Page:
Minister’ Media Conference on Climate Change and Libyan issues – 16 June 2011 (New York)

A.     June 16, 1976

Today marks the 35th Anniversary of the June 16, 1976 student revolt against Apartheid education – it is therefore fitting to salute our youths in SA and the youths of the world as agents of change.

B.     COP17/CMP7

  • as the next President of the COP17/CMP7, we are reaching-out to all parties and stakeholders in the climate change negotiations;
  • our task remains: ensure that country parties to the UNFCCC deliver an acceptable, fair, transparent and equitable deal in the upcoming climate change negotiations in Durban.
  • we had the opportunity to interact with the G77 and China, the UN Climate Change team, including a Group of Climate Friends (to share views and exchange notes);
  • we are encouraged to learn that progress is being made at the Bonn negotiations in a number of bodies of the UNFCCC;
  • we need enhanced cooperation between the UNFCCC Secretariat and the COP17/CMP7 Presidency to ensure that we deliver positive outcomes in Durban; and
  • principles of inclusivity, wide participation and transparency will continue to characterize our processes as COP17/CMP7 President;

We need to focus our un-divided attention to:

  • achieving a balance between the Bali Roadmap and operationalizing the Cancun Agreements; as well as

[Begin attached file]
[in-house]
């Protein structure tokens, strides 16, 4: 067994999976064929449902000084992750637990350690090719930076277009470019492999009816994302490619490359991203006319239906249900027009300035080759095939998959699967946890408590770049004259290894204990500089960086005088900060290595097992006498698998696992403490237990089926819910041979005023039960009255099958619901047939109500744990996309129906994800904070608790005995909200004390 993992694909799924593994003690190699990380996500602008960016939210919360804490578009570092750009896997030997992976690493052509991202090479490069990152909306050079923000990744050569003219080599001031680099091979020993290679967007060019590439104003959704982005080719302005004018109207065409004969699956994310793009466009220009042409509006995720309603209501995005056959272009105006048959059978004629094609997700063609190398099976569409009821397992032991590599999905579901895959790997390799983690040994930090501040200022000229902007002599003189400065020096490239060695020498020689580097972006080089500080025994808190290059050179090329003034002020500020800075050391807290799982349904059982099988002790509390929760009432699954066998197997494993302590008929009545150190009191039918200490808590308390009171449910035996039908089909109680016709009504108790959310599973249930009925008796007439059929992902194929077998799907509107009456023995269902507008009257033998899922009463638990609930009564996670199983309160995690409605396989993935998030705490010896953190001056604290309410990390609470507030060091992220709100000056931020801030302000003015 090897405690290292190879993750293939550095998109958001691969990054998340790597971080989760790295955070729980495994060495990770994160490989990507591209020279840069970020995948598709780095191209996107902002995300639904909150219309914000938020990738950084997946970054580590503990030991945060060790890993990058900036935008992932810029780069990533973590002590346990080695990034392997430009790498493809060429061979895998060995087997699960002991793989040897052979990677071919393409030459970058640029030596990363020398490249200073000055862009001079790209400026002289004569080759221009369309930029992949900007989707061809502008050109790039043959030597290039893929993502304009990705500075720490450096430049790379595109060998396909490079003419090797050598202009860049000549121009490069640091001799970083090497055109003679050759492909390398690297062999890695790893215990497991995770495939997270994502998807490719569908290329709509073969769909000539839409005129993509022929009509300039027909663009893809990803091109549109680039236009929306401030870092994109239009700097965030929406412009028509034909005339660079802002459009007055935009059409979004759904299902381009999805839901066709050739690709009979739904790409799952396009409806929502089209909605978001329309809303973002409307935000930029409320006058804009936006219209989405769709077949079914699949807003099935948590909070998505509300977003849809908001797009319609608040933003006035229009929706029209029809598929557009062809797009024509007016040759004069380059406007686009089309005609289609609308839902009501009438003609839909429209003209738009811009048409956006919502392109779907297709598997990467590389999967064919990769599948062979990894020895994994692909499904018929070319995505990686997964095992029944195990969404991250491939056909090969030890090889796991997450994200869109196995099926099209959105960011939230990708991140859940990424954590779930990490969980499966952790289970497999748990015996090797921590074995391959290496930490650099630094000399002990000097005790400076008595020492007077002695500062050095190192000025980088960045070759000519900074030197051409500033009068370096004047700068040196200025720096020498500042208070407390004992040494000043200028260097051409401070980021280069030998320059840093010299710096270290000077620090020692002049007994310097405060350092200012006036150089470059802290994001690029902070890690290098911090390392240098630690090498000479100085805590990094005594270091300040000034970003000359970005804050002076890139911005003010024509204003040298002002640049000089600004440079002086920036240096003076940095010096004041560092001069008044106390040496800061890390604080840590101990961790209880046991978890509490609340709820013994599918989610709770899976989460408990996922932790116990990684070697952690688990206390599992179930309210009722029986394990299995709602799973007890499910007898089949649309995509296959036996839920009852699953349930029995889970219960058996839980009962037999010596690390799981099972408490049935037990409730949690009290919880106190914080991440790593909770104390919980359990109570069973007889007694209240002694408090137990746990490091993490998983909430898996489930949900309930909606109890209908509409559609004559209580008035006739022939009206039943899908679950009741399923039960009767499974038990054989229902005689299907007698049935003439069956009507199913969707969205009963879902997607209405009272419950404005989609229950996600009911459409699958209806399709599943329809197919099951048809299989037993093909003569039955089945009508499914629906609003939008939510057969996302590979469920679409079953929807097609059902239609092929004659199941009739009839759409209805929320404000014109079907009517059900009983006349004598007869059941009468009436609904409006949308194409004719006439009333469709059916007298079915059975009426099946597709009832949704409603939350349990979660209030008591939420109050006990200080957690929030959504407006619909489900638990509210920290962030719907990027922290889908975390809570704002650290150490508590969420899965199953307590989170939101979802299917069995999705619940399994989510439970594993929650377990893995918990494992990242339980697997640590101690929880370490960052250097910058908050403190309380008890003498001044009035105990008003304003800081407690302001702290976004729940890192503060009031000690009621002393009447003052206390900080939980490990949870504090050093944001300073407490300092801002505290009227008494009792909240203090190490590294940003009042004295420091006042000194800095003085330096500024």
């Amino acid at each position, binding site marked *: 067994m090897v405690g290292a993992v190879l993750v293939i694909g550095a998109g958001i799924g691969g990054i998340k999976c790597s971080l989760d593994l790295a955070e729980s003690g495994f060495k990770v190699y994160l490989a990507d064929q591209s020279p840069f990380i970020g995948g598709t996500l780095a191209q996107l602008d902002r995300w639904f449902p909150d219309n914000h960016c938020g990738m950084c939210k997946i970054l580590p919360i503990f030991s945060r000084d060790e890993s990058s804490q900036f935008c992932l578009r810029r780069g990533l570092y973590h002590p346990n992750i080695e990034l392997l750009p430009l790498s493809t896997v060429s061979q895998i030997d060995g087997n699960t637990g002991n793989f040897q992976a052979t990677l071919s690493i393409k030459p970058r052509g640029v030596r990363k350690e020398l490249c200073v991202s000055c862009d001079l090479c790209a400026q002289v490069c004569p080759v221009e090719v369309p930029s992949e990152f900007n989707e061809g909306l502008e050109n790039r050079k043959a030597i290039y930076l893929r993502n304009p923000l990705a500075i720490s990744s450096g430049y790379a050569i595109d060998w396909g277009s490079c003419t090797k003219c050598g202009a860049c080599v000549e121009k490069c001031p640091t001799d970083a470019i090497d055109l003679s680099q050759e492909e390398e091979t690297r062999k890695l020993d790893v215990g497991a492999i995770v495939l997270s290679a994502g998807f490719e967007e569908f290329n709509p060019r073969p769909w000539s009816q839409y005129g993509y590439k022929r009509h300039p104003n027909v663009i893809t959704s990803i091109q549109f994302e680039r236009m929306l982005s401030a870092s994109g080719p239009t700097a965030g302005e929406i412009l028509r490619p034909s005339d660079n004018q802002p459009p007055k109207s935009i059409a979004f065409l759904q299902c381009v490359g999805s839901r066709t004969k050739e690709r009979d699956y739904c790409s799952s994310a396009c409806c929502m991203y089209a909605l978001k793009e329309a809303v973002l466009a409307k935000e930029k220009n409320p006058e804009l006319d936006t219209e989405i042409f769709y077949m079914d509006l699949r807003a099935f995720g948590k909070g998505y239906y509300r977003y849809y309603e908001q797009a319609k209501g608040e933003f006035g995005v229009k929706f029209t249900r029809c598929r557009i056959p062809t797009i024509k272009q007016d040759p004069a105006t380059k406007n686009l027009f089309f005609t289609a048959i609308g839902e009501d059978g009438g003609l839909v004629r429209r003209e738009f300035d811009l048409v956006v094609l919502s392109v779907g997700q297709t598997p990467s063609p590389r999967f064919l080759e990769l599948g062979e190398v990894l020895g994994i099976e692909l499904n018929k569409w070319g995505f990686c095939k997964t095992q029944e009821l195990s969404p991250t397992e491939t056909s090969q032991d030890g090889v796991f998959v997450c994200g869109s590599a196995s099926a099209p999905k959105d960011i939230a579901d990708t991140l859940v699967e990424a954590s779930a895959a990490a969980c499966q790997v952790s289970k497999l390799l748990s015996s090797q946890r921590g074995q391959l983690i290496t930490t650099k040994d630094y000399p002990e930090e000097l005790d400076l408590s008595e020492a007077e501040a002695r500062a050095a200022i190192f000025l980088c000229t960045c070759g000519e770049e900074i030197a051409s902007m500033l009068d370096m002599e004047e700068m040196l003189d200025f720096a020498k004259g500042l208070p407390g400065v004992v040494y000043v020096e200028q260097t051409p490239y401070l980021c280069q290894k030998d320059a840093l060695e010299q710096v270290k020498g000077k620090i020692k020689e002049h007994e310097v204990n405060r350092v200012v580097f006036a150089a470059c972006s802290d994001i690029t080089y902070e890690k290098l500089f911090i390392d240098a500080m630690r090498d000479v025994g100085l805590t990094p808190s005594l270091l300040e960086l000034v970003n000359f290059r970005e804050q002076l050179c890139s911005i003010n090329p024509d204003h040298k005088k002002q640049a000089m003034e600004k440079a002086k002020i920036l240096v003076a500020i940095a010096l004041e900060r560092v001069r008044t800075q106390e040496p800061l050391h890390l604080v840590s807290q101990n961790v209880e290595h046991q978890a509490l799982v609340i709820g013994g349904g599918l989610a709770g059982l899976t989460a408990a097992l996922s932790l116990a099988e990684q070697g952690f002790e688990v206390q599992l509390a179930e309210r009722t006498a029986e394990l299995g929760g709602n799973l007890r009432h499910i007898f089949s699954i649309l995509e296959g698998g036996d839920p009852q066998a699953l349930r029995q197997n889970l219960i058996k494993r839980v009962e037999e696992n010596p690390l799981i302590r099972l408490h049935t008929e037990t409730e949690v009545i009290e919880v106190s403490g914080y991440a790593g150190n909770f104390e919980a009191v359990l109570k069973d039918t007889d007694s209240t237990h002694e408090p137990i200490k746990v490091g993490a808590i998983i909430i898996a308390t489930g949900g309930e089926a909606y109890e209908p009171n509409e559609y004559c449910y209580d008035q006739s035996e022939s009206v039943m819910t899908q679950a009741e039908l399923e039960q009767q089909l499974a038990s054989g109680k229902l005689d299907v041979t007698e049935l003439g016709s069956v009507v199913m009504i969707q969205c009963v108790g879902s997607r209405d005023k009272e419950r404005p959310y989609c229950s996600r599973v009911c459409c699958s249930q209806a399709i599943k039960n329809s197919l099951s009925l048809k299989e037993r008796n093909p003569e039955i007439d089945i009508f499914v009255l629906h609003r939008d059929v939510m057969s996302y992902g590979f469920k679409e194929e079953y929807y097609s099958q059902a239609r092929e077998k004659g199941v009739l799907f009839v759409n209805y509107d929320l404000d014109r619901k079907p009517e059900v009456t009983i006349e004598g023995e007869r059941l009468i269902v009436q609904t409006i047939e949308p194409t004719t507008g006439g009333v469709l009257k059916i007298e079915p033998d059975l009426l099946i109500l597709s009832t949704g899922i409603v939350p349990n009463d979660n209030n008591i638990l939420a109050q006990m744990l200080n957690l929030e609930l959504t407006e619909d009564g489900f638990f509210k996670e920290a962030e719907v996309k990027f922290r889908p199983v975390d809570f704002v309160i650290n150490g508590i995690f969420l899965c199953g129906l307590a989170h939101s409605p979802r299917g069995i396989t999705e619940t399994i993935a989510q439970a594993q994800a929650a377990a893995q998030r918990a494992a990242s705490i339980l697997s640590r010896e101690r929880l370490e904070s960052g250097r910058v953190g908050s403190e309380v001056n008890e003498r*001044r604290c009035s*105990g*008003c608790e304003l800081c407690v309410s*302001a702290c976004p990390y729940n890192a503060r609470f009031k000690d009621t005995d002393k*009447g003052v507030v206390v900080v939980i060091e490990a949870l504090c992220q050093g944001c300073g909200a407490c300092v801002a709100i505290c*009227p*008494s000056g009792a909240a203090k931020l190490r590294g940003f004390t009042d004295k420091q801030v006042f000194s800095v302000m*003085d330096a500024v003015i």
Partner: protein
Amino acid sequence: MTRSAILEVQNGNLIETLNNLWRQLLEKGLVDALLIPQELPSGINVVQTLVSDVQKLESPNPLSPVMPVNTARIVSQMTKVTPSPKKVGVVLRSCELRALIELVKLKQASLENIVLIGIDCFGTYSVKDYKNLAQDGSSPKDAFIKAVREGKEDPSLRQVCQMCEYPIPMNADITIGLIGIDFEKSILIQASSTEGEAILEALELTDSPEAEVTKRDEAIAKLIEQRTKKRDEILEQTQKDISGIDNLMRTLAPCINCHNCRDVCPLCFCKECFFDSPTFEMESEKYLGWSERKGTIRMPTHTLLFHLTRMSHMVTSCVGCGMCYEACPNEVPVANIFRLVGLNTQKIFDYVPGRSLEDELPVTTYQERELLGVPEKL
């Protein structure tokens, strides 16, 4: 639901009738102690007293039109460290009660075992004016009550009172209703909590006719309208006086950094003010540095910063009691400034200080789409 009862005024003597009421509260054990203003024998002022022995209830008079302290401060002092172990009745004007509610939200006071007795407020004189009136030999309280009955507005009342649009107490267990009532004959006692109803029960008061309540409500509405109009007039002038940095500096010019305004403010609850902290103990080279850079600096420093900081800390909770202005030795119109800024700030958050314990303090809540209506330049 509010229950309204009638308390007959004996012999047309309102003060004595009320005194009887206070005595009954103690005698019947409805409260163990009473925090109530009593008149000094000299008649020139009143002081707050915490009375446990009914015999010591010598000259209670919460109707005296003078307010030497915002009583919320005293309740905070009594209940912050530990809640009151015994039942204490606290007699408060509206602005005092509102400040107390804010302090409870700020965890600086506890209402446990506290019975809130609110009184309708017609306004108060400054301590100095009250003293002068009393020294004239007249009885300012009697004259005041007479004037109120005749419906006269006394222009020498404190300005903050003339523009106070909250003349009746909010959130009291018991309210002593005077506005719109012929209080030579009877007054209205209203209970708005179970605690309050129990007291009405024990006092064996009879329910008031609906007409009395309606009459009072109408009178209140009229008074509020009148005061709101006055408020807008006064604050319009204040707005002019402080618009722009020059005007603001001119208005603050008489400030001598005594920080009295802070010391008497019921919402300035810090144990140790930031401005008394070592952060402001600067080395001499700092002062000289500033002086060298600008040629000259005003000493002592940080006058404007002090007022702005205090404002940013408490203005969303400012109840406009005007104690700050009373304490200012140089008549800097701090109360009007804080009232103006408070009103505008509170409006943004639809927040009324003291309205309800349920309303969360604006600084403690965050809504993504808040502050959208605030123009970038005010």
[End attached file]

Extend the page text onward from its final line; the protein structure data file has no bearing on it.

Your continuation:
• striking a balance between and within both the Convention and the Kyoto Protocol negotiating tracks.

NB: The onus to deliver an acceptable climate change outcome in Durban rests on South Africa as the incoming COP17/CMP7 President, but the role of state parties cannot be over-emphasised.

NB: A Leaders Dialogue to be here in September and co-chaired by President Jacob Zuma and President Calderon of Mexico – will set the tone as we move towards Durban.

C.     LIBYA

South Africa:

- is deeply concerned about the ongoing conflict and the unprecedented loss of civilian lives in Libya;

- condemns the violence against civilians perpetrated by all parties as well as the damage to civilian infrastructure;

- calls on the international community, including the UNSC to focus its energies on finding a political solution to the Libyan crisis and not a military one;

- calls on the UN to work in collaboration with the AU on the basis of its Roadmap;

- calls for a ceasefire, a pause which will enable a political process to take root;

- maintains that Resolution 1973 was adopted to primarily to protect civilians and ensure access to humanitarian aid, and not about regime change and assassinations;

- believes the implementation of Resolution 1973 should NOT go against the letter and spirit of what was initially intended; and

- is disappointed that the UNSC was unable to agree on the

Presidential Statement today, but we nevertheless remain optimistic.


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